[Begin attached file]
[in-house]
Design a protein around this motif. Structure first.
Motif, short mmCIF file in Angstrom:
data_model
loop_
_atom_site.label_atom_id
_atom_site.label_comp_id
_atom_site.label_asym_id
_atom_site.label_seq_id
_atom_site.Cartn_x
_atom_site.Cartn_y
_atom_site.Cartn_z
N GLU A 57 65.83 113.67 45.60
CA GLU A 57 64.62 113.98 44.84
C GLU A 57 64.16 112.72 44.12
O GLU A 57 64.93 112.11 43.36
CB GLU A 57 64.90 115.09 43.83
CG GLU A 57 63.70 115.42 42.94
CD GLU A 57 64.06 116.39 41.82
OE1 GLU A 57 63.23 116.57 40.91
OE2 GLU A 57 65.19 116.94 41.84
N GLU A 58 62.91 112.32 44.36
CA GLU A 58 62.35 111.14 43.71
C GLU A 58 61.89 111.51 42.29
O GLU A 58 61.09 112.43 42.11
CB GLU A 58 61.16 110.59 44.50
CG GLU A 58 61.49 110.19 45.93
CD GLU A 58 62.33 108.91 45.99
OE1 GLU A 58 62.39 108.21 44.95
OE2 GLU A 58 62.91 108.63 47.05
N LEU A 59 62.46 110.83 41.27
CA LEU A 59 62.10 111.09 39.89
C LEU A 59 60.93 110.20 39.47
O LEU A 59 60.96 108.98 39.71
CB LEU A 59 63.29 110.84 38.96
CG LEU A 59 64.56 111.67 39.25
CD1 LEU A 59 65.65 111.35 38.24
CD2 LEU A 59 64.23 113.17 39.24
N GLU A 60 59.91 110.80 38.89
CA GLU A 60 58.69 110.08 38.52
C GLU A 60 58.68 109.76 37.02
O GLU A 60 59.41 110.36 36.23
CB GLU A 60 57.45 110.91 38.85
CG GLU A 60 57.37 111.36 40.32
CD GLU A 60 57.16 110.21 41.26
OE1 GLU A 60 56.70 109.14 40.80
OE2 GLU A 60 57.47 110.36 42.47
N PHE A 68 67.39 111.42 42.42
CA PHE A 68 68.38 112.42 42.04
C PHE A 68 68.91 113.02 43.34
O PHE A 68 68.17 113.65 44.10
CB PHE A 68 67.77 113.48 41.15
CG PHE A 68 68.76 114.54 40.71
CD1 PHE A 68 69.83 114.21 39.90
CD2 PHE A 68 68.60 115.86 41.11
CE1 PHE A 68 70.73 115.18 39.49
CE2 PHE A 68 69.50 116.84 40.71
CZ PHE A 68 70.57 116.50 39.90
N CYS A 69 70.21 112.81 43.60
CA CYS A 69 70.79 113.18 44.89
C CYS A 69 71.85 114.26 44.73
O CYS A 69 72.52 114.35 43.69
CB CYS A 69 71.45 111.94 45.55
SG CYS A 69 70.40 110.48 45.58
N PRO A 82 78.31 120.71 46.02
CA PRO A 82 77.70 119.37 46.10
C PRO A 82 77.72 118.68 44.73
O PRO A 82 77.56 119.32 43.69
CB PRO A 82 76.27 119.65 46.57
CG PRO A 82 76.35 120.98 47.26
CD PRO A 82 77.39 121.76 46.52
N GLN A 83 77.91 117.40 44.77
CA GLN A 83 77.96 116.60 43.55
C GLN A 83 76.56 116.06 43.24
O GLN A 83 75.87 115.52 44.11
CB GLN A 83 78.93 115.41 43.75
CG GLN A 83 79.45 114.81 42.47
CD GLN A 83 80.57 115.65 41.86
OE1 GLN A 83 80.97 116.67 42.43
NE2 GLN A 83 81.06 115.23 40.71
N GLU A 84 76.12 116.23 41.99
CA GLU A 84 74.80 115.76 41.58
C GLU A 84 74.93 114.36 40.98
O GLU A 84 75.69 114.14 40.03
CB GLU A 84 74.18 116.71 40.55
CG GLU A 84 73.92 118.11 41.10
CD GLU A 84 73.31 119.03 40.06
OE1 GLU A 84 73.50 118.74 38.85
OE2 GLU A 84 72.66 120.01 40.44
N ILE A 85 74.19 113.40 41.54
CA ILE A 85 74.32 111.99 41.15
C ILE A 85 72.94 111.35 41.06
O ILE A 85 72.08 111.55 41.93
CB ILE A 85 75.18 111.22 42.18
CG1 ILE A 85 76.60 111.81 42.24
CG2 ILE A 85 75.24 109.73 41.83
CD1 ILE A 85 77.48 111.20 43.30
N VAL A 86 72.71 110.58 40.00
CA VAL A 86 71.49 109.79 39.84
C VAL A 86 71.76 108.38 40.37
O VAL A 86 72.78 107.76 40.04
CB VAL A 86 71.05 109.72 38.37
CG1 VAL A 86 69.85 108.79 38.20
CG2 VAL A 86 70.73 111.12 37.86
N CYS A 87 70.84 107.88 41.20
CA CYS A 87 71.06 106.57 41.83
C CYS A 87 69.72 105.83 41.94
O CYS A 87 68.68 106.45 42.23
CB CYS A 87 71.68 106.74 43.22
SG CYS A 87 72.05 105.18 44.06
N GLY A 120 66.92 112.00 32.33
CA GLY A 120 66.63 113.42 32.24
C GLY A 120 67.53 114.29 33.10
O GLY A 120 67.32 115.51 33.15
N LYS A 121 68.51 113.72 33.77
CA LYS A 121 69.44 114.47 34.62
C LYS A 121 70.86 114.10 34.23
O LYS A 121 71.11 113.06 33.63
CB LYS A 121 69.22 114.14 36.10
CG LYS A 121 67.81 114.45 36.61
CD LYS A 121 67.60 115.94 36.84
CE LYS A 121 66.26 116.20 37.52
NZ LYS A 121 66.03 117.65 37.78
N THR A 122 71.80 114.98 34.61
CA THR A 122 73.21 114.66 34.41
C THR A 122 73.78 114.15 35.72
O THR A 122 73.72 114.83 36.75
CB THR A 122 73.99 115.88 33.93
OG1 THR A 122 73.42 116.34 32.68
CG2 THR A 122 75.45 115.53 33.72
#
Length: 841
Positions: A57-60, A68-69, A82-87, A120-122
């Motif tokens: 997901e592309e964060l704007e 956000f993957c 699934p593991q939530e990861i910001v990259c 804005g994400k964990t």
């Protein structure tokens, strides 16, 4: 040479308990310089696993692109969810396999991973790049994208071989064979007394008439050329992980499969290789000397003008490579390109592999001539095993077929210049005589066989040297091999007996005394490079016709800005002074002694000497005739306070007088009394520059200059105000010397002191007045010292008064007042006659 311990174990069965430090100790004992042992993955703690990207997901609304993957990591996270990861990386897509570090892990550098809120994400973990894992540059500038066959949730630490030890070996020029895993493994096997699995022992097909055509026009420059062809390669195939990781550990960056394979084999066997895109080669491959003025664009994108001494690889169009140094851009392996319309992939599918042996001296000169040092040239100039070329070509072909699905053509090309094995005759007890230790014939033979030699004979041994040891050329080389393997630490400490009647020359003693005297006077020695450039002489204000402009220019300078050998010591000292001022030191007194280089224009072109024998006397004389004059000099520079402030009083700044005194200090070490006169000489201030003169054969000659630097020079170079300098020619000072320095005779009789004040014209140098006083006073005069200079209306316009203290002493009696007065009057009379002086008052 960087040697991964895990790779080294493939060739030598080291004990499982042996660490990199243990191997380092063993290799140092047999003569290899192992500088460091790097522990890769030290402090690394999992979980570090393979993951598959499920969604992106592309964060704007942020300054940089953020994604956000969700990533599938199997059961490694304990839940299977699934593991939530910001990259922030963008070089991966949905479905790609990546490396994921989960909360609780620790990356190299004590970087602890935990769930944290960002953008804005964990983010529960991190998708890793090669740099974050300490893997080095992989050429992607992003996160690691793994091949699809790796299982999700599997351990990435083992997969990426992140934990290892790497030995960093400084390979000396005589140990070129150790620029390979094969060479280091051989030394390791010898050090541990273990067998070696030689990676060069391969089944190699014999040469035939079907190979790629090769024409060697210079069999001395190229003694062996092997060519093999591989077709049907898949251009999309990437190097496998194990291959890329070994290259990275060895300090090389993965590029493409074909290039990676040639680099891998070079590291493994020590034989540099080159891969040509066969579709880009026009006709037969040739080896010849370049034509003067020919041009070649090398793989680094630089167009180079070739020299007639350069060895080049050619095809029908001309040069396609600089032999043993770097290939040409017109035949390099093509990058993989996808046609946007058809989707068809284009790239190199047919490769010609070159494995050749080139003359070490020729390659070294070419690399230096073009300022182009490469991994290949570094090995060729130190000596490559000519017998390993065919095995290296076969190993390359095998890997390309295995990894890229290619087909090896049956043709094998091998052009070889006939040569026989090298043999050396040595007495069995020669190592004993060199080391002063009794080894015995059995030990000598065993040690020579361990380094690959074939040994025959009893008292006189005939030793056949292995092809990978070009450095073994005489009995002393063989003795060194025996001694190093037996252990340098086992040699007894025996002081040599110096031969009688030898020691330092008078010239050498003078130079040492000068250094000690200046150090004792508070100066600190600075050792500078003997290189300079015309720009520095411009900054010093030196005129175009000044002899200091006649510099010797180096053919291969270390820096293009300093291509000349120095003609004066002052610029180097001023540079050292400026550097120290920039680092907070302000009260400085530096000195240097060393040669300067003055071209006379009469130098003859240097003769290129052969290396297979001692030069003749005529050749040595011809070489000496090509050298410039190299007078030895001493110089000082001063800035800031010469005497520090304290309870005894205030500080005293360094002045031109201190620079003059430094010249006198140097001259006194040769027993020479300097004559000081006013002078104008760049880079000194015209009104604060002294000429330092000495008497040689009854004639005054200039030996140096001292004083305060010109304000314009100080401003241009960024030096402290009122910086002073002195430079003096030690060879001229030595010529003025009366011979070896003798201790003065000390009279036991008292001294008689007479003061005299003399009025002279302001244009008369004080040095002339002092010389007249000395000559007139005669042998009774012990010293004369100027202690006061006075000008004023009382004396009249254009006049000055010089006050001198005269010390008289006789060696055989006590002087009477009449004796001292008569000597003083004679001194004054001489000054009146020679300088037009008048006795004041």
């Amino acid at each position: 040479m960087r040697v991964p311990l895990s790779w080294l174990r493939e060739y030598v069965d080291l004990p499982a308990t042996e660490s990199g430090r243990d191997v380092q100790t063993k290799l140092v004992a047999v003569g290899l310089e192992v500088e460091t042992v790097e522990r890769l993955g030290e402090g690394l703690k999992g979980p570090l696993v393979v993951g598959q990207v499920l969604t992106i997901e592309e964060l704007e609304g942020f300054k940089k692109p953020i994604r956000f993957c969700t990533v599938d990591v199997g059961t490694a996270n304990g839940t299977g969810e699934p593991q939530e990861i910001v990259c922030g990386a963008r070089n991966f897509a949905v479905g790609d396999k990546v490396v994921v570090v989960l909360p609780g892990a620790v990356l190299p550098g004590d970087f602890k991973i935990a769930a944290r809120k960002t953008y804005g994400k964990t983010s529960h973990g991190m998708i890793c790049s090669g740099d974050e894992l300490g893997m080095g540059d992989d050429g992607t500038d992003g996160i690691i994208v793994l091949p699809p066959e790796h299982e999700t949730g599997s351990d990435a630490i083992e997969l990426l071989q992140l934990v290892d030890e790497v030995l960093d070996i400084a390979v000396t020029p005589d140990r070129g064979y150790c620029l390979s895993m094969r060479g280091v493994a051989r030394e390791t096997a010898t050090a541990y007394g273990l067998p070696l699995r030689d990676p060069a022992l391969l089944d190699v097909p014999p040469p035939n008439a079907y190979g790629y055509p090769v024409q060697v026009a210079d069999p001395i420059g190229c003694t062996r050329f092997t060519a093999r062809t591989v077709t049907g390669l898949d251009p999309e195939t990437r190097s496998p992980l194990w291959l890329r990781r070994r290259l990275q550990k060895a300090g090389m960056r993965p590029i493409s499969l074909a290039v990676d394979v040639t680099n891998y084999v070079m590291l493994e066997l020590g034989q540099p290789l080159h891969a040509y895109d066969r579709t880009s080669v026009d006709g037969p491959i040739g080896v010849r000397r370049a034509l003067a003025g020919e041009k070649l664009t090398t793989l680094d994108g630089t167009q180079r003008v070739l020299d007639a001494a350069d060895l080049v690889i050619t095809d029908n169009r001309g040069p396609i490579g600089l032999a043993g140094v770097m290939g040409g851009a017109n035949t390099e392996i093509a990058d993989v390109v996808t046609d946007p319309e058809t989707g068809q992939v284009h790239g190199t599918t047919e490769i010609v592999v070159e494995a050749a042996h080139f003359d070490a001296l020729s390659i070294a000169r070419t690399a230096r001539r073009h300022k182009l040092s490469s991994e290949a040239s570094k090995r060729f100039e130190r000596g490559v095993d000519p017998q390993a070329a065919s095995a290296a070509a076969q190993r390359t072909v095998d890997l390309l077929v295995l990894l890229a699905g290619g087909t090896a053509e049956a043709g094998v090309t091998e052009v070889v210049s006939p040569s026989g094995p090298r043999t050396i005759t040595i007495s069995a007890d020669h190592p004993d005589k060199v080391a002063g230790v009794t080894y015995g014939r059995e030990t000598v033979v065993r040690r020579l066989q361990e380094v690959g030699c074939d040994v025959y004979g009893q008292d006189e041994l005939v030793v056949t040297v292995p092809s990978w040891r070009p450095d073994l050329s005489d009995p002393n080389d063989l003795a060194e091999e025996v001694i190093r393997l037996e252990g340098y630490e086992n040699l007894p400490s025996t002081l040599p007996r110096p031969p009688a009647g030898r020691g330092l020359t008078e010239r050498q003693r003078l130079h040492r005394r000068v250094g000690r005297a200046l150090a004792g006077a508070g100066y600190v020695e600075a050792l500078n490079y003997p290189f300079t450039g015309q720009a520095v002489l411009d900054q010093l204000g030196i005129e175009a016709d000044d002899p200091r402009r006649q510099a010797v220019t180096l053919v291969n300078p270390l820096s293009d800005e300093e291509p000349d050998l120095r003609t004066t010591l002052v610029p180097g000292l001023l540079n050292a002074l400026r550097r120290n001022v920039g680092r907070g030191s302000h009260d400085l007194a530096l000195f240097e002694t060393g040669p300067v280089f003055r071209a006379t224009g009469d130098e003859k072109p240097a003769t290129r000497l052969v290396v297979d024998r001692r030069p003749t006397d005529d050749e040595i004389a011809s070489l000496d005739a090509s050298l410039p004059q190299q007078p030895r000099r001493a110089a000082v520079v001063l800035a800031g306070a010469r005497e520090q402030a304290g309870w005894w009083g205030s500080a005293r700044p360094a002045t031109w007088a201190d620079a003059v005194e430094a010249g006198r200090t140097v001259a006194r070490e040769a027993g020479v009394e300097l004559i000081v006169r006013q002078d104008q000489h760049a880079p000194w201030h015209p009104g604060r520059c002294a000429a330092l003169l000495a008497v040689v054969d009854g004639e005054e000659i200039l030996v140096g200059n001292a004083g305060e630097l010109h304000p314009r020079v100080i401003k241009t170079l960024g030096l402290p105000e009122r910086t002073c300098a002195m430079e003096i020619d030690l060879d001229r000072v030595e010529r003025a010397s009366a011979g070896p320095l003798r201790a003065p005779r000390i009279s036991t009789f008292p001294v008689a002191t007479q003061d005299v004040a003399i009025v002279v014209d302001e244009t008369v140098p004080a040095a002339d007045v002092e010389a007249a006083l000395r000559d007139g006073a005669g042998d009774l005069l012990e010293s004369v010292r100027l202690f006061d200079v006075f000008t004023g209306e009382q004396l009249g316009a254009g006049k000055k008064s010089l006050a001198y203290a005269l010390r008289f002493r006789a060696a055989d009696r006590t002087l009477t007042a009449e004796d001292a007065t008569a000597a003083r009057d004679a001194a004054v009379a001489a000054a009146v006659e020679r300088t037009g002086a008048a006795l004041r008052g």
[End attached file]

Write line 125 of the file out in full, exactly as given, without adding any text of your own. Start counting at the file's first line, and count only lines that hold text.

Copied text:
CA THR A 122 73.21 114.66 34.41